- Associated Press - Tuesday, April 5, 2016

DES MOINES, Iowa (AP) - The agency that oversees Iowa’s flagship history museum spent money designated for renovation planning to partially pay for administrators’ salaries, highlighting a potential loophole in a law that outlines how infrastructure funding should be allocated.

Payroll documents obtained by The Associated Press show the Iowa Department of Cultural Affairs diverted more than $176,000 from a special infrastructure fund over two budget years to pay a portion of Director Mary Cownie’s salary and the salaries of two senior staff members.

The agency insists the move was legal, but Sen. Matt McCoy, the co-chairman of the subcommittee that oversees the release of infrastructure funds, said spending the money on department salaries is unusual and would “destroy the integrity” of the fund.

“If this is happening, and if it’s been allowed to happen, and we need to change the law, then we’ll have to change the law,” said McCoy, D-Des Moines.

Department spokesman Jeff Morgan said that because the three employees spent time on museum renovation planning, it was appropriate for parts of their salary to be paid under the Rebuild Iowa Infrastructure Fund, which collects gaming tax money and is separate from the general fund that usually covers state salaries.

In an interview Tuesday with The Associated Press, Cownie pointed to special wording added to some of the designated infrastructure appropriations. She said it allowed more spending flexibility under the fund.

“This was perfectly appropriate and allowable,” Cownie said.

Ben Hammes, a spokesman for Gov. Terry Branstad, agreed with the department’s interpretation of the law. However, McCoy called the exemption vague and said it wasn’t clear whether salaries should have been paid through the fund.

Since 2012, the Iowa Legislature has given the department $3.65 million from the fund for immediate repairs to the museum in downtown Des Moines and for planning and design work for a possible renovation of the building.

Over the 2015 and 2016 budget years Cownie was paid more than $45,000 of her current salary from the infrastructure fund. Department Deputy Director Chris Kramer received more than $96,000 of her current salary from the fund. Susan Kloewer, administrator of the State Historical Society of Iowa, a division within DCA, was paid more than $34,000 of her current salary from the fund.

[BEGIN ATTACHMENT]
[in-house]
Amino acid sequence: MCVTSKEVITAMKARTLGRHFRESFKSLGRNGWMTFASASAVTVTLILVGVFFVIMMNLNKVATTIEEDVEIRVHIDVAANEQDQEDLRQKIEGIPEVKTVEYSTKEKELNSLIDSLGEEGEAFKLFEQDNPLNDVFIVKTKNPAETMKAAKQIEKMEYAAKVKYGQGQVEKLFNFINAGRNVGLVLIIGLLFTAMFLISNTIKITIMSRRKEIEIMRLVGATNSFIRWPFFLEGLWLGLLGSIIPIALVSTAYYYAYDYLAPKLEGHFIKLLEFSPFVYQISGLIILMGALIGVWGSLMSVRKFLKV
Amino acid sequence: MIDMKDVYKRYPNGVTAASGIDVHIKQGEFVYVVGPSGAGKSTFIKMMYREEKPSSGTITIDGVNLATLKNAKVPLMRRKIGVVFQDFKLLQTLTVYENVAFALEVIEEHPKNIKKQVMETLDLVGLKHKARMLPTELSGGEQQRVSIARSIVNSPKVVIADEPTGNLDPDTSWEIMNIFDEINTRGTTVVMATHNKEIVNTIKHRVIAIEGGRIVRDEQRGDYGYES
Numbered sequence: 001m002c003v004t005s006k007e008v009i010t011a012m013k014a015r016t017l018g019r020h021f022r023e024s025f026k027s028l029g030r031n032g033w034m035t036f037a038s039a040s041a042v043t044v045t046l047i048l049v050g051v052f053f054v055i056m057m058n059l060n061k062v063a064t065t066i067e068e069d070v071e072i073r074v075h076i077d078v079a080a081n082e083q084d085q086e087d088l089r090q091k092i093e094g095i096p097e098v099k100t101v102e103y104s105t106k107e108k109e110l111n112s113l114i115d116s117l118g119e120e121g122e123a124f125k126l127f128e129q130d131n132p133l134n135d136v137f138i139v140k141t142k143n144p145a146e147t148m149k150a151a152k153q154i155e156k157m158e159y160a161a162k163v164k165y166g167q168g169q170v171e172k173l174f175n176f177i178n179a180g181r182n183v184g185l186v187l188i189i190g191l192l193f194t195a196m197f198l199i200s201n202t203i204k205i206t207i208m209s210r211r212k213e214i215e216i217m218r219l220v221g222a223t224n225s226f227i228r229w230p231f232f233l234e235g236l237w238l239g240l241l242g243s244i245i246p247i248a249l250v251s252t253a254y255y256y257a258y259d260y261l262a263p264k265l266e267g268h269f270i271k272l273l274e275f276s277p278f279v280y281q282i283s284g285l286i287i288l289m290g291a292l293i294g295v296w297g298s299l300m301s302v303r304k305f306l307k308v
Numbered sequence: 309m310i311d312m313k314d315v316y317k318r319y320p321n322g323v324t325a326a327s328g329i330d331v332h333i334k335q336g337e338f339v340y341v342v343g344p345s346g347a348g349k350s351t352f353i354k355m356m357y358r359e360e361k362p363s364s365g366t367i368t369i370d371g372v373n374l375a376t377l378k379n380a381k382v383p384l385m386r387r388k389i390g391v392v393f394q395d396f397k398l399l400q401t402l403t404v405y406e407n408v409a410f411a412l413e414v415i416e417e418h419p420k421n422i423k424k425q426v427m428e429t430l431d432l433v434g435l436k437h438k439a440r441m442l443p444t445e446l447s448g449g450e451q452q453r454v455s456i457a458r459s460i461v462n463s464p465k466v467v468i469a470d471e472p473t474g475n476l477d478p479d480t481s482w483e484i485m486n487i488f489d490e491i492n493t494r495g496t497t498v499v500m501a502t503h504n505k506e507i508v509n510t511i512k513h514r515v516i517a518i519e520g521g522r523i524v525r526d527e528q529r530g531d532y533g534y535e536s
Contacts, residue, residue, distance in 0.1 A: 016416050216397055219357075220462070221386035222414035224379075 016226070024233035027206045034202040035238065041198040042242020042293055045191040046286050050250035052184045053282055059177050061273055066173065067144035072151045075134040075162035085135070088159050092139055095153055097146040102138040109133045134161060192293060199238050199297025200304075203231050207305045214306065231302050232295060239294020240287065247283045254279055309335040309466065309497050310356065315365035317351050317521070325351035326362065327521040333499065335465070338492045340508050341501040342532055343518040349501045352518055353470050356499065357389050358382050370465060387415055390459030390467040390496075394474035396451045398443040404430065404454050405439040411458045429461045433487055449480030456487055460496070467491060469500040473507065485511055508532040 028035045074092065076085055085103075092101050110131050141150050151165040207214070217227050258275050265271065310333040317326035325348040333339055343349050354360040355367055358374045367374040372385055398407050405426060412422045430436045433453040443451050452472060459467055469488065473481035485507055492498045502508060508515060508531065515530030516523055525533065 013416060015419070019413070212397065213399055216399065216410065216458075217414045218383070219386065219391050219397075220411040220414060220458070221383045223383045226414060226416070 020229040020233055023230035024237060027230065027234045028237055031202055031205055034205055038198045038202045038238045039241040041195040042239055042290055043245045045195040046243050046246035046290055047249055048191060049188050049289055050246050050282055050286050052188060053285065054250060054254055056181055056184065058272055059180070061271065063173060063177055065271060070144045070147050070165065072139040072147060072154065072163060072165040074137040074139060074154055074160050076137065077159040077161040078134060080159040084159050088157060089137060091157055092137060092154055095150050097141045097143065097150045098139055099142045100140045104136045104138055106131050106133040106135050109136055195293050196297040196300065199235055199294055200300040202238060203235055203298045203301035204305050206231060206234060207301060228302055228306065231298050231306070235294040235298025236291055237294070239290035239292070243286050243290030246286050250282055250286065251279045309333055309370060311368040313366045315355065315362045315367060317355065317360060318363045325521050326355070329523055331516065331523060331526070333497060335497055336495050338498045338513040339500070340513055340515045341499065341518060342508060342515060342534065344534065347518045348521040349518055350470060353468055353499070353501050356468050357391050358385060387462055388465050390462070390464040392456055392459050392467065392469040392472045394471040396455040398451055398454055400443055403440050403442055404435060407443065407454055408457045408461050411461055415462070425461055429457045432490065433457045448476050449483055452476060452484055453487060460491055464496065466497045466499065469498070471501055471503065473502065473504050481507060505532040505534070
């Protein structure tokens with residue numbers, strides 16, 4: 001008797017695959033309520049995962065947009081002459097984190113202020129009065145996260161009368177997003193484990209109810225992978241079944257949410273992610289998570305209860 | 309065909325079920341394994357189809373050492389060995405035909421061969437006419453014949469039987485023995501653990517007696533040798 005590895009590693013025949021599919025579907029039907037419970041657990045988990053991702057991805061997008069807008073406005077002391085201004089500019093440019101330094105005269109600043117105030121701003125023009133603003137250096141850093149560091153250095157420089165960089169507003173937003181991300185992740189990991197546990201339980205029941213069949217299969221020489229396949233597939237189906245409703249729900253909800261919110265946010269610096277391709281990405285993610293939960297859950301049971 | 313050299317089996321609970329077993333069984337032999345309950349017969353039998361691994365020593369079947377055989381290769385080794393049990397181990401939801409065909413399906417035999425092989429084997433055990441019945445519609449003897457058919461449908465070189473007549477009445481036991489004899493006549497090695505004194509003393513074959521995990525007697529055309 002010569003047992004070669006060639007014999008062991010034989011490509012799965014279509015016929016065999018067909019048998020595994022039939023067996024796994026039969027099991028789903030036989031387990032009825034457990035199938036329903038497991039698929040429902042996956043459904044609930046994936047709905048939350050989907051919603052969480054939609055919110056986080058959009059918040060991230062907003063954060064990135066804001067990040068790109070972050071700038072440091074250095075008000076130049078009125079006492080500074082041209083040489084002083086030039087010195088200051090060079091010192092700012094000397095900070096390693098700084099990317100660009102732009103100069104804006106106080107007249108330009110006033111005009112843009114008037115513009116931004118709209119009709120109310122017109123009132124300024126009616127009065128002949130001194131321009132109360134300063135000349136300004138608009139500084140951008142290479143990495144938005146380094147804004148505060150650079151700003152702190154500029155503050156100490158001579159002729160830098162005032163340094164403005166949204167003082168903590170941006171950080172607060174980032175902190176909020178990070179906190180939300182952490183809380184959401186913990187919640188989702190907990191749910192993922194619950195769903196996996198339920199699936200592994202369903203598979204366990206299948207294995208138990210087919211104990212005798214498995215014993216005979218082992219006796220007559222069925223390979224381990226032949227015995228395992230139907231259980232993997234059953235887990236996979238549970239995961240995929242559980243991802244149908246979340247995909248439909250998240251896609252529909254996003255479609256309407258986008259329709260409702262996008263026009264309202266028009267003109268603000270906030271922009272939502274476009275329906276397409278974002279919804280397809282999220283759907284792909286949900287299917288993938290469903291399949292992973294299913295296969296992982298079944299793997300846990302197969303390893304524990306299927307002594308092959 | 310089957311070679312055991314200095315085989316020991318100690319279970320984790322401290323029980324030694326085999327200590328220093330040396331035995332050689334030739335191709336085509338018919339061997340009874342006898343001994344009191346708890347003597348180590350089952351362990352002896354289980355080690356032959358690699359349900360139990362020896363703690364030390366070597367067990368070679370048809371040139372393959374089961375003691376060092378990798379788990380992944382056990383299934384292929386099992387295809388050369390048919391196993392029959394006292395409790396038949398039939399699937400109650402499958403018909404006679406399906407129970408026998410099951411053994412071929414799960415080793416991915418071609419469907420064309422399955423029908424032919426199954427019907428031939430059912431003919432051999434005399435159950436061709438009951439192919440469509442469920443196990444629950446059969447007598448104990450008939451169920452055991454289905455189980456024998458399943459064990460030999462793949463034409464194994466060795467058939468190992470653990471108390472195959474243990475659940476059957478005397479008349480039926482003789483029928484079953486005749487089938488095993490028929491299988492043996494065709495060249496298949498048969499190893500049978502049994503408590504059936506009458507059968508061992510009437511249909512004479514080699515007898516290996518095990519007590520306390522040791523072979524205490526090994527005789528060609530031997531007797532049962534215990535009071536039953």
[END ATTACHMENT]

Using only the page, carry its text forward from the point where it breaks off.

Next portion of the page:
Sen. Tod Bowman, D-Maquoketa and a member of the infrastructure subcommittee, said the practice is not clear even if the department said it had the authority to spend the money.

“How did they calculate that amount to be used for their salaries? And is that a legitimate practice? And if so, that’s something we need to change,” he said.

The department is asking lawmakers for $65 million in infrastructure money for renovations to the museum. The request, which has the support of the governor, has been publicly criticized by top historians in the state who say the renovation won’t properly address longstanding issues over historical preservation efforts within the department.

DCA did not include information about the department salaries in a January 2016 update report to the Legislature on how they spent the $3.65 million. However, the plans were listed in a report by Branstad’s office that said the department intended to spend more than $225,000 of infrastructure money on salaries through a two-year period ending in June.

When asked about the omission to the update report, Morgan said that report doesn’t track salary information so DCA didn’t include it. He said the department provides detailed information to the Legislature upon request.

The department previously used infrastructure funds for department salaries, according to the nonpartisan Legislative Services Agency. In 2008, DCA was given $220,000 for a flag stabilization project that was later moved to expenses under the general fund. That infrastructure appropriation also included the exemption language.

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